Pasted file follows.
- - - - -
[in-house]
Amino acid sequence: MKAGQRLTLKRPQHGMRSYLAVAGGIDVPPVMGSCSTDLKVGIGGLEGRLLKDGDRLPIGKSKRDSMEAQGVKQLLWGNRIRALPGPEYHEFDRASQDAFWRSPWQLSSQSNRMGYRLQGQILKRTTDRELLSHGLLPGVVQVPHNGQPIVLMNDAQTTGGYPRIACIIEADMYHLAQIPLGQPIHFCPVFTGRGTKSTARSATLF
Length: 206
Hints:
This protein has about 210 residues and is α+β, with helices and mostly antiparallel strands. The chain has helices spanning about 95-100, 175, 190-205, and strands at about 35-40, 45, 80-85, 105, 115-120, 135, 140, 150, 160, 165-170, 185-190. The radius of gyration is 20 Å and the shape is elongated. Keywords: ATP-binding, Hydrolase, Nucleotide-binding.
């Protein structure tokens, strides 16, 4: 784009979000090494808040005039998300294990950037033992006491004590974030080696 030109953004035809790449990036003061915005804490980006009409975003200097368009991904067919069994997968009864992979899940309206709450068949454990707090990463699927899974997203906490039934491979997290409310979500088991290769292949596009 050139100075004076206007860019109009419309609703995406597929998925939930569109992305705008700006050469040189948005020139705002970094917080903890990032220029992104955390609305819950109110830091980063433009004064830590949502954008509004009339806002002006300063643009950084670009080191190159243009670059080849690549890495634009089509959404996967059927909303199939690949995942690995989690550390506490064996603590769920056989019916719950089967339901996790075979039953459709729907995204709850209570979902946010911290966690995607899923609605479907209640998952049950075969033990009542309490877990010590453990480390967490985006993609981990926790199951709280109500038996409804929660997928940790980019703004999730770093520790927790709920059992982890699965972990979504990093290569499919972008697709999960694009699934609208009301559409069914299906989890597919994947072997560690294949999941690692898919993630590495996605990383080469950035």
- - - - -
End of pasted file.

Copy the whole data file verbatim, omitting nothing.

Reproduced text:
[in-house]
Amino acid sequence: MKAGQRLTLKRPQHGMRSYLAVAGGIDVPPVMGSCSTDLKVGIGGLEGRLLKDGDRLPIGKSKRDSMEAQGVKQLLWGNRIRALPGPEYHEFDRASQDAFWRSPWQLSSQSNRMGYRLQGQILKRTTDRELLSHGLLPGVVQVPHNGQPIVLMNDAQTTGGYPRIACIIEADMYHLAQIPLGQPIHFCPVFTGRGTKSTARSATLF
Length: 206
Hints:
This protein has about 210 residues and is α+β, with helices and mostly antiparallel strands. The chain has helices spanning about 95-100, 175, 190-205, and strands at about 35-40, 45, 80-85, 105, 115-120, 135, 140, 150, 160, 165-170, 185-190. The radius of gyration is 20 Å and the shape is elongated. Keywords: ATP-binding, Hydrolase, Nucleotide-binding.
């Protein structure tokens, strides 16, 4: 784009979000090494808040005039998300294990950037033992006491004590974030080696 030109953004035809790449990036003061915005804490980006009409975003200097368009991904067919069994997968009864992979899940309206709450068949454990707090990463699927899974997203906490039934491979997290409310979500088991290769292949596009 050139100075004076206007860019109009419309609703995406597929998925939930569109992305705008700006050469040189948005020139705002970094917080903890990032220029992104955390609305819950109110830091980063433009004064830590949502954008509004009339806002002006300063643009950084670009080191190159243009670059080849690549890495634009089509959404996967059927909303199939690949995942690995989690550390506490064996603590769920056989019916719950089967339901996790075979039953459709729907995204709850209570979902946010911290966690995607899923609605479907209640998952049950075969033990009542309490877990010590453990480390967490985006993609981990926790199951709280109500038996409804929660997928940790980019703004999730770093520790927790709920059992982890699965972990979504990093290569499919972008697709999960694009699934609208009301559409069914299906989890597919994947072997560690294949999941690692898919993630590495996605990383080469950035």